We flip through Fitzpatrick’s albums. Everyone looks pretty modern except for the skinny scarves. “No one was doing anything,” Cox said. “People then didn’t have a real art practice. They were just like, ‘I hang out and do cocaine and I’m young and cute.’ It was an amazing time, but it’s also what  ruined all these like kids. Except Ryan McGinley. Even back then he was a workaholic and worked his ass off.” A lot of It girls and It boys have come and gone. Travis Graves, a pro-skater who released wonderful and obscure music under the moniker Mt. Egypt is in many images. The show is co-dedicated him.

“He was one of my best friends,” Cox said. “He kind of gave up and disappeared and he died at the end of August from alcoholism. These are his ashes.” With that, he pushed a small bottle across the table with a label inscribed “Live well to benefit all and harm none, this time, this earth, this life.”

Alain Levitt, Untitled [Alanna Gabin and Patrick O’Dell] (2000). Courtesy of Club Rhubarb.

“That quote came from Nathan Maddox, who was in Gang Gang Dance. He wrote them on a job application at a health food store three days before he got struck by lightning on a rooftop on Broome Street and passed away. Leo interviewed Travis about 12 years ago and asked what would you want written on your tombstone?  And he said this quote from Nathan. So, each bottle of ashes has this quote.” The exhibition is also dedicated and inspired by agent and photo producer Alanna Gabin who died in 2021.

“She was a big part in starting people’s careers,” Cox said. “She was the one that said, ‘You’re an artist, you need to do exhibitions.’ At the same time, Alanna was a photographer who always put people in front of her instead of herself.” Gabin appears in multiple photos in the show.

Matthew Ronay Doorbell (2019), Mamali Shafahi Flocked Mask (2023), and Paul Kopkau, Post labor (2023). Courtesy of Club Rhubarb.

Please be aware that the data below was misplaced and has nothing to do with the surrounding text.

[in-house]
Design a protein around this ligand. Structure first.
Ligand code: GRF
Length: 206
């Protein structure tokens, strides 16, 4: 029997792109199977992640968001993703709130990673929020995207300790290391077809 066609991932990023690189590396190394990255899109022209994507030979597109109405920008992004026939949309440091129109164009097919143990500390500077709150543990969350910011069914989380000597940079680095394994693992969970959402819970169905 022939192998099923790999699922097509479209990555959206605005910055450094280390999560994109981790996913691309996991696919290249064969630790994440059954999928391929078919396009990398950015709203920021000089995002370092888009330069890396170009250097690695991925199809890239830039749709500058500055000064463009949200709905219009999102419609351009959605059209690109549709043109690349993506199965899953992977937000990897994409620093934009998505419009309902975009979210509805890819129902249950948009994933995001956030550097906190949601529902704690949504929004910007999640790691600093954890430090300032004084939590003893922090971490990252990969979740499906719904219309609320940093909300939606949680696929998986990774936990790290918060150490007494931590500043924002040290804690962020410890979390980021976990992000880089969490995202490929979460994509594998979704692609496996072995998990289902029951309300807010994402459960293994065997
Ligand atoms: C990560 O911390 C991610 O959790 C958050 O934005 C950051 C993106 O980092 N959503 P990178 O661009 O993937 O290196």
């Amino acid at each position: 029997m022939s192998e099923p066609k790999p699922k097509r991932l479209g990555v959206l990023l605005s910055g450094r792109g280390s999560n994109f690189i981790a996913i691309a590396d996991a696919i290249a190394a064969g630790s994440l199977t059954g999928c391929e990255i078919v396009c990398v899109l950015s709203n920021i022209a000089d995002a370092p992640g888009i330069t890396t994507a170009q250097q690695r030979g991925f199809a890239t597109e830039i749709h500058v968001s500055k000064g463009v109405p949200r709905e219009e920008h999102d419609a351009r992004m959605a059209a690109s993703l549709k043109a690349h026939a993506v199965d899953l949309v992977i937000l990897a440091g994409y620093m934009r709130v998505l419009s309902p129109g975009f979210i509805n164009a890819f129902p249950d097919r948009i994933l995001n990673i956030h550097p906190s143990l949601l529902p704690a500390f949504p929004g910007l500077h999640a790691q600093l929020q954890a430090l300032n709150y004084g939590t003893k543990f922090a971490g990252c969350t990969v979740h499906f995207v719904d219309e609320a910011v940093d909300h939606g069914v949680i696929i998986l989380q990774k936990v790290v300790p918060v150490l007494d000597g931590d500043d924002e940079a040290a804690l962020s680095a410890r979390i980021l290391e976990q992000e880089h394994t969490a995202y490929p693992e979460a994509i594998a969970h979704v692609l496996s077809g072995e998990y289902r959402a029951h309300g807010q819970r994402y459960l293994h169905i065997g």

Matthew Ronay, Doorbell (2019), Mamali Shafahi, Flocked Mask (2023), and Paul Kopkau, Post labor (2023). Courtesy of Club Rhubarb.

The top floor was formerly a photographer’s studio and has floor-to-ceiling slanted windows with a majestic northward view of the city. Joe Roberts’s WTC works two-fold—it depicts a cockpit aiming toward the Twin Towers as well as the Virgin Mary (depending on the viewer). It’s a heady experience in this neighborhood where one could see the towers fall and it became part of the barricaded zone afterwards. This subtext permeates a lot of this group of artists’ narrative.

A standout piece hangs on the red brick wall above the staircase. Ruminative and moving, it depicts two abstract amorphous shapes mid-embrace and it’s by Cox. Armed in Arms, hand-sewn from ponyskin, lambskin, and cording, is one of the last pieces he made before a 2019 sabbatical due to illness. He took a step back right as fiber art started to trend and is about to make a return.

Tony Cox's Armed in Arms (2019) hangs above the stairwell in "I Was Only Dreaming." Photo: Angela Kelley.

Tony Cox’s Armed in Arms (2019) hangs above the stairwell in “I Was Only Dreaming.” Photo: Angela Kelley.

In 2025 the Kentucky Museum of Arts and Crafts will host a solo Cox exhibition of new and old work (Cox originally hails from Louisville; it’s a full-circle return). He will also curate the remainder of the space with Club Rhubarb artists. He said, “I have tons of ideas.”

“I Was Only Dreaming” is on view at 1 Ludlow Street (enter at 144 Division Street), through January 28, Thursday through Sunday, 11 a.m. – 4 p.m. For booking, email [email protected].